News and Blog Articles
News and Blog Articles
It’s October, which means Halloween is right around the corner. And whether you’ve put up decorations or not, most houses still look the part – thanks to some large golden spiders and their larger golden webs.
These creepy crawlies are Joro spiders, an invasive species that’s been spreading across Georgia (and the Southeast) for the last few years.
The Joro Invasion
Unlike most invasive species, which can be detrimental to the environments they invade, Joros are actually pretty harmless. They don’t prey on any crops, and don’t have any special preferences for their meals, so they aren’t likely to decimate any native insect populations. In fact, Joros have actually aided in reducing the number of brown stinkbugs.
The main drawback of the Joro invasion right now is the sheer amount of them. Their population keeps growing exponentially season after season, but luckily, leading scientists studying them believe that their numbers will level out with time.
Thankfully, Joro spiders don’t present any danger to us humans. While they look pretty scary, and can definitely be a nuisance when they build a web right outside your front door, they are unlikely to try and take a bite unless provoked. Even then, their mouths are so small, they can’t really do any damage. As with most creatures in nature, if you leave them alone, they’ll leave you alone.
What do Joro spiders look like?
As with many arachnids, the males of the species are diminutive and less noticeable. Though they can often be found along the same web as the female Joros, you likely won’t be able to spot the males at all. Their muted, orange-ish brown coloring helps them blend easily into their environment.
The Joro spiders everyone’s talking about are the females. With their thick abdomen and long legs, female Joros are easily one of the more intimidating arachnids in our area. Their bodies are striped with a bright yellow and a muted greenish black, and their legs are shiny black with golden bands. The splash of red on the underside of their abdomens makes them even more intimidating, as red coloring is nature often means “Danger!”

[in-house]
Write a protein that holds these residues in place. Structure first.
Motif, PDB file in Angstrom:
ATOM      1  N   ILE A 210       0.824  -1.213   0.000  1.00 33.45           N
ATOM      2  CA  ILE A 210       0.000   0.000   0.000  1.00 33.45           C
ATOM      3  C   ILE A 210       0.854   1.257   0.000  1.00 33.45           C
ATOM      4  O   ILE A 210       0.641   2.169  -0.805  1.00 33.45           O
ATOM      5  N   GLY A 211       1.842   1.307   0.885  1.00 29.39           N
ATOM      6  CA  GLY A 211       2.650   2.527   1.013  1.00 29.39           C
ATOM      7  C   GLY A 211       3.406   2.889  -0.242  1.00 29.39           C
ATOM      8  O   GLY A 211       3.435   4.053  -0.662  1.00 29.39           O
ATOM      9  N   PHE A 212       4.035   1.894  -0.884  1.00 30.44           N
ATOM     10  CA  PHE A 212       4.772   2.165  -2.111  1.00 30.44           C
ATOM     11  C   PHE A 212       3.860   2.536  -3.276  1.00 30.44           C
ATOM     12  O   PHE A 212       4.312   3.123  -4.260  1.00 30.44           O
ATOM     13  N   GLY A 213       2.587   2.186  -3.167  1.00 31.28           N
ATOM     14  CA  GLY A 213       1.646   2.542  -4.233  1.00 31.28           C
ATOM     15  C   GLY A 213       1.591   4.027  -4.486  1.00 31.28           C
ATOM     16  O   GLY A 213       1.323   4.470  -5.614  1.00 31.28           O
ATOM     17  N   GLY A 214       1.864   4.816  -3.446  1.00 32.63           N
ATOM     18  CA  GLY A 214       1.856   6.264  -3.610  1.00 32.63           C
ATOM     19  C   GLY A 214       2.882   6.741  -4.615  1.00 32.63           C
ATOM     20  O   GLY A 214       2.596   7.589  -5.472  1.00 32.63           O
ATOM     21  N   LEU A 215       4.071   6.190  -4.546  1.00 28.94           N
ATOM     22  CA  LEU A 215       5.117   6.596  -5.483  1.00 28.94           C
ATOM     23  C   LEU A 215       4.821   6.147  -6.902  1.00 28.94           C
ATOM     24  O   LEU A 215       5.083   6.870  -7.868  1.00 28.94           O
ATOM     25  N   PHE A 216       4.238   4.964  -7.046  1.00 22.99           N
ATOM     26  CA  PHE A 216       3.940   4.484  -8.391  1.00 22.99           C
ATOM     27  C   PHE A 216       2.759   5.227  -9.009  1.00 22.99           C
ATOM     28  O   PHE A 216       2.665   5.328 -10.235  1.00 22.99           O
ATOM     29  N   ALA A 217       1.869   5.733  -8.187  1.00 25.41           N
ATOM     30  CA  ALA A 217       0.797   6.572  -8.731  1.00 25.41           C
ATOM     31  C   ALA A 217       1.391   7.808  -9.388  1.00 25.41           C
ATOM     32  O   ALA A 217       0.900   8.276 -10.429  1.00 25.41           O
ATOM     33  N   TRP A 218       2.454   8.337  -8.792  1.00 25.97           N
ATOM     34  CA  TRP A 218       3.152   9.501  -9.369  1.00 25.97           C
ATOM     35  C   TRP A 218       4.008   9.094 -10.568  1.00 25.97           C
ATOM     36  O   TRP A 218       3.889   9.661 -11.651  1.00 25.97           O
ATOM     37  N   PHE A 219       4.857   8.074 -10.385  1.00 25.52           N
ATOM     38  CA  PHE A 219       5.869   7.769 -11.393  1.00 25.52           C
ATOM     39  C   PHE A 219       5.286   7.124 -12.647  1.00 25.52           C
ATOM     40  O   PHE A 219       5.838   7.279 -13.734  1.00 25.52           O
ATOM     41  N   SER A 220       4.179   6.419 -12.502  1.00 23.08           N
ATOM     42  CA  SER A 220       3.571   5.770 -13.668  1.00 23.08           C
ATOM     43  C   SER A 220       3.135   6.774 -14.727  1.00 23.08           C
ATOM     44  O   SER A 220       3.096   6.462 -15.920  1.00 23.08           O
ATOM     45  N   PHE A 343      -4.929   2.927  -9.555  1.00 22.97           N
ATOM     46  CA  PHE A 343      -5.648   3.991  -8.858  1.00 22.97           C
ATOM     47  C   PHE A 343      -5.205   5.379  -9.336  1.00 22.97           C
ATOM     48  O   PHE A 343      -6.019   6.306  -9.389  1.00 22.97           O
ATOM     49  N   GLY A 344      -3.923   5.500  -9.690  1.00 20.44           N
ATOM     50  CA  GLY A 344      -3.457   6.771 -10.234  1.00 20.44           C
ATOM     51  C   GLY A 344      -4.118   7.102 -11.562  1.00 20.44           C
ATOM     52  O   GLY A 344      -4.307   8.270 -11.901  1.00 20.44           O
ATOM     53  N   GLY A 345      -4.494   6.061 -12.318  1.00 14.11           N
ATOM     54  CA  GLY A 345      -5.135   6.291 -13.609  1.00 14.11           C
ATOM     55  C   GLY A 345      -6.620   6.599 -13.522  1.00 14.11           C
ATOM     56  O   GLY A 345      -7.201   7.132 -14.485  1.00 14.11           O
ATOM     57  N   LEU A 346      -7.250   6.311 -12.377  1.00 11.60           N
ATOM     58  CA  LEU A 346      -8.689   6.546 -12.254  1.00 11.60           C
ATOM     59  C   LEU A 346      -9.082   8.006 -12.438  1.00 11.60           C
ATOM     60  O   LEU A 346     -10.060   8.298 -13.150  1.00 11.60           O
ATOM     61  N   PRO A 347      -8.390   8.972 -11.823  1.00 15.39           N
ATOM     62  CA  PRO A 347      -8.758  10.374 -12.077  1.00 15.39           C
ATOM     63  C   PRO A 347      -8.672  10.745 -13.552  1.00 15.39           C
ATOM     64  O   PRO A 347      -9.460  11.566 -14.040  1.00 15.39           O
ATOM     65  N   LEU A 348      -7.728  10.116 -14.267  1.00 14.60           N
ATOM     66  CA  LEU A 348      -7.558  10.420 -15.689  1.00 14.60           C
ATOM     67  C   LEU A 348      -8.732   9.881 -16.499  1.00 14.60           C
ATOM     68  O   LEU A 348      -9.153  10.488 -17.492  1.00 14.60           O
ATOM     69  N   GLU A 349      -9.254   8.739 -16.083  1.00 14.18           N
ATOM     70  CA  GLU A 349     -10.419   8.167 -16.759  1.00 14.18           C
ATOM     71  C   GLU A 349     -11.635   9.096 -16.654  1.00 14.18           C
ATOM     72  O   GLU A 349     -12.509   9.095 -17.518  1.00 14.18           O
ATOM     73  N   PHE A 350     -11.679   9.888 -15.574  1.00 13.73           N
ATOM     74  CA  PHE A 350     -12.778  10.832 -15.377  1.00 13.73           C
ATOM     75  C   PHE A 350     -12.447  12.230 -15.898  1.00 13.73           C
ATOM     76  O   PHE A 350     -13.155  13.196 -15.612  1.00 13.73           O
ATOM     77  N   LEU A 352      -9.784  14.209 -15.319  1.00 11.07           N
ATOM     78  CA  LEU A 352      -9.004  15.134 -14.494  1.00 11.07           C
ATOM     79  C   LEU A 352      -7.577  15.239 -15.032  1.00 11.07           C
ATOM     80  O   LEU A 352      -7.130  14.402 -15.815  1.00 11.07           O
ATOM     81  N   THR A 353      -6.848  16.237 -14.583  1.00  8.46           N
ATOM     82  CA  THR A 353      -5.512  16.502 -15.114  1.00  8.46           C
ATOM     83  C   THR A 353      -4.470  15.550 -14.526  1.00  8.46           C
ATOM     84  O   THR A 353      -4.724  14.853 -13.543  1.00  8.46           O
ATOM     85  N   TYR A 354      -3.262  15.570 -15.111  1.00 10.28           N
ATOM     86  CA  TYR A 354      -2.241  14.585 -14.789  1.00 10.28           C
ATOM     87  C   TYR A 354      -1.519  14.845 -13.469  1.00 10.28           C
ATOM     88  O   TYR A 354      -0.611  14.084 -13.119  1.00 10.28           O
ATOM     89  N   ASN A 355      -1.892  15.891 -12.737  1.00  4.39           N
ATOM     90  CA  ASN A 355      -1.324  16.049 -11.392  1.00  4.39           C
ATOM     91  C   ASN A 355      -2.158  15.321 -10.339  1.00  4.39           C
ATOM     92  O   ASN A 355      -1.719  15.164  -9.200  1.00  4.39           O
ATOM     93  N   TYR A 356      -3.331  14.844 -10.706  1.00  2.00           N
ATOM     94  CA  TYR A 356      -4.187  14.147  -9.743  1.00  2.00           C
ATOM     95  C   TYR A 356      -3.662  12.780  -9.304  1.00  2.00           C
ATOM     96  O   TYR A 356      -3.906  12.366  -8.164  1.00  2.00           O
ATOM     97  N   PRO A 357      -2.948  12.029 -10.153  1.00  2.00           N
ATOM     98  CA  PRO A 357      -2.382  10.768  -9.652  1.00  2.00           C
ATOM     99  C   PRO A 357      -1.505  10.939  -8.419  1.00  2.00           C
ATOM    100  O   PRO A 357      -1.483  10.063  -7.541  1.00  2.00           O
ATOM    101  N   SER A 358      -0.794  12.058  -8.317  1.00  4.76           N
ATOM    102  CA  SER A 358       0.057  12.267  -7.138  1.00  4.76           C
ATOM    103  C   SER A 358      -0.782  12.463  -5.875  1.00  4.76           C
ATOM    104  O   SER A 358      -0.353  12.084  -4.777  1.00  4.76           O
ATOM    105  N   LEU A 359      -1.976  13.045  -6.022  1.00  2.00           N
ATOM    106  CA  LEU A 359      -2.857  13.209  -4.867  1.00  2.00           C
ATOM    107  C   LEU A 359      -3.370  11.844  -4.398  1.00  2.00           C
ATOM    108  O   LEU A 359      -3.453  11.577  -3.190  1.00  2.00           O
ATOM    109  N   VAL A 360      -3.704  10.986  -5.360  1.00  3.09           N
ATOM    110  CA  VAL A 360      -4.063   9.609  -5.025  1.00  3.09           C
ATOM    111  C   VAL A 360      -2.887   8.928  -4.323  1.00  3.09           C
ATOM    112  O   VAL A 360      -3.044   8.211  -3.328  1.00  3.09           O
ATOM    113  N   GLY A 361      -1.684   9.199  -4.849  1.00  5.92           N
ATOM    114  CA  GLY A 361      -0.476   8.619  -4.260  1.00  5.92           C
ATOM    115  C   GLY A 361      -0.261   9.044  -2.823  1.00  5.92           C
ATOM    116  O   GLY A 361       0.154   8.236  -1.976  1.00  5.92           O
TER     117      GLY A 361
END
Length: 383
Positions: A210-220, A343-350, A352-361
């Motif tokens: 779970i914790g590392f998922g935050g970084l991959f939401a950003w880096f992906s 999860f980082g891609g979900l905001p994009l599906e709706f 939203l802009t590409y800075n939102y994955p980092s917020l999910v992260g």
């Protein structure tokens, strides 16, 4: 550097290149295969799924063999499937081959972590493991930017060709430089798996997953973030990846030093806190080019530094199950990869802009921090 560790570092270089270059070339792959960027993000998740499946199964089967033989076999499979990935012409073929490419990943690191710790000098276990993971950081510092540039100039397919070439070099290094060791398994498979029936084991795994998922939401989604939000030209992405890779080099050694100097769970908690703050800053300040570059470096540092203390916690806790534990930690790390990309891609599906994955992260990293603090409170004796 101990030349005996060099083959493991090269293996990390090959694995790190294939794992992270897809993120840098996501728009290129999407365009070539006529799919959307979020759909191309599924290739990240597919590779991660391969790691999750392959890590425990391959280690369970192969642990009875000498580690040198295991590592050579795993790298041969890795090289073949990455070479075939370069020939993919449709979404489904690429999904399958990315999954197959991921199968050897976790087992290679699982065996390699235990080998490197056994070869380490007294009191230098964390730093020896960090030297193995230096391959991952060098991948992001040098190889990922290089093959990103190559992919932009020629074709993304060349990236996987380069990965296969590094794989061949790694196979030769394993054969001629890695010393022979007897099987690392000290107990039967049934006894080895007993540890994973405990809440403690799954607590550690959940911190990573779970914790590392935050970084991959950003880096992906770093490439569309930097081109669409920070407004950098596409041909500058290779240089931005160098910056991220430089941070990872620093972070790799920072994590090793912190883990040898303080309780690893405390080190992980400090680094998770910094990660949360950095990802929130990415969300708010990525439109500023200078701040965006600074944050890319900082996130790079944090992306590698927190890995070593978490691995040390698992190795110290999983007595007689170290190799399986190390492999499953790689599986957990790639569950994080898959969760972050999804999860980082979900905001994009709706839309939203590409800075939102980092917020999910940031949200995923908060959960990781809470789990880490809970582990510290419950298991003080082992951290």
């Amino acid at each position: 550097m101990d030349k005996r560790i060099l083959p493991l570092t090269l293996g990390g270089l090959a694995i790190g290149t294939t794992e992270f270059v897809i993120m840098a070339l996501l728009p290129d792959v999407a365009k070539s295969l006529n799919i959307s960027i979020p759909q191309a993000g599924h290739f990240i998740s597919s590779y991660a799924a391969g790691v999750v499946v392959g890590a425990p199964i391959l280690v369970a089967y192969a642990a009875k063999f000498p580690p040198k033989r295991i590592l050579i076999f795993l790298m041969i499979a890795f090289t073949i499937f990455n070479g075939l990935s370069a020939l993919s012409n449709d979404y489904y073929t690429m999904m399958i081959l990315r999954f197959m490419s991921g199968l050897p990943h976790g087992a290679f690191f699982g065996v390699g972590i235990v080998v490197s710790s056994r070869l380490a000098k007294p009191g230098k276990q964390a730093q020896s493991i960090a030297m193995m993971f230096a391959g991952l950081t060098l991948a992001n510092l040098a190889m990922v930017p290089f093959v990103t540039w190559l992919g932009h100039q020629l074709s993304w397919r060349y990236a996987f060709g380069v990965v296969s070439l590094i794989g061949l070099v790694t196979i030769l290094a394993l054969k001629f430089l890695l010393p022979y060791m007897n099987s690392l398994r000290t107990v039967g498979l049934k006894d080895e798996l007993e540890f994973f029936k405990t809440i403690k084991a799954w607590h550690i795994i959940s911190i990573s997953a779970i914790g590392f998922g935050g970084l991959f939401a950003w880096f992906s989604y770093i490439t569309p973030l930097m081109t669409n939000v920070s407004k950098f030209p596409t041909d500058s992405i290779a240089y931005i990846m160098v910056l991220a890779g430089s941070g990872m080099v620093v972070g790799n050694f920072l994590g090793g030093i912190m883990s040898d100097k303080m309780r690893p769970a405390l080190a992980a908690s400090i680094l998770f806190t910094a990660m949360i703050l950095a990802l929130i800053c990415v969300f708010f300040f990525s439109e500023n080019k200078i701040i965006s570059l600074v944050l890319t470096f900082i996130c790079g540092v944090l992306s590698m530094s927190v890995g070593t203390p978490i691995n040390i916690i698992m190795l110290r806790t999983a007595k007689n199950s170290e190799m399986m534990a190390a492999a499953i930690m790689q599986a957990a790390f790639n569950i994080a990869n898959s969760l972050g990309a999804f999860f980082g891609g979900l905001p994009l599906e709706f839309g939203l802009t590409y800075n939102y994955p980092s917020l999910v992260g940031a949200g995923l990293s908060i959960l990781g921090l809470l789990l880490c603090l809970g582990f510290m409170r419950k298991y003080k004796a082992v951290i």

Aren’t they just banana spiders?
Female Joro spiders are often confused with banana spiders thanks to their yellow coloring, and that moniker isn’t 100% incorrect. “Banana spider” is a term used to refer to at least five different arachnid variations of orb-weavers. The Joro spider is also an orb-weaver, and is very similar in appearance to the classic banana spiders.
The easiest way to tell the difference between a Joro spider and a banana spider is the web. Banana spider webs look just like you expect a classic one to, with each strand nearly invisible from how thin it is. Banana spiders usually create a single thick zig-zag line bisecting the center of their web that earns them the nickname “writing spiders.”
Joro webs, on the other hand, are made of thick golden strands that appear much more half-hazard than standard spider webs. This, along with their sheer massive size, make them fairly easy to spot, and therefore fairly easy to avoid.
What can I do to get rid of them?
Unfortunately, there isn’t a whole lot we can do right now to reduce their numbers. Right now, they’re almost like hydras; for every Joro you kill, two more will take its place. But they won’t be around forever. Most Joros will have died off by the end of November.
Leading UGA entomologists encourage you to leave them be. While they may not be a joy to have around, they do help control the pest population, and can decrease the number of bugs you see in your home as the weather cools.
In the meantime, their webs all over your porch certainly make for a spooky Halloween decoration!
Emily Casuccio is sister and sister-in-law to Rebekah and Scott Rushing, and has over half a decade of experience in copywriting, copyediting, proofreading, and developmental storyboarding. She's worked with both published and undiscovered authors on both fiction and nonfiction, and takes pride in supporting local businesses. Her passion lies in the written word and helping authors of all capacities realize their dreams and achieve their fullest potential. To learn more about her, read samples of her work, or contact her, visit her online portfolio.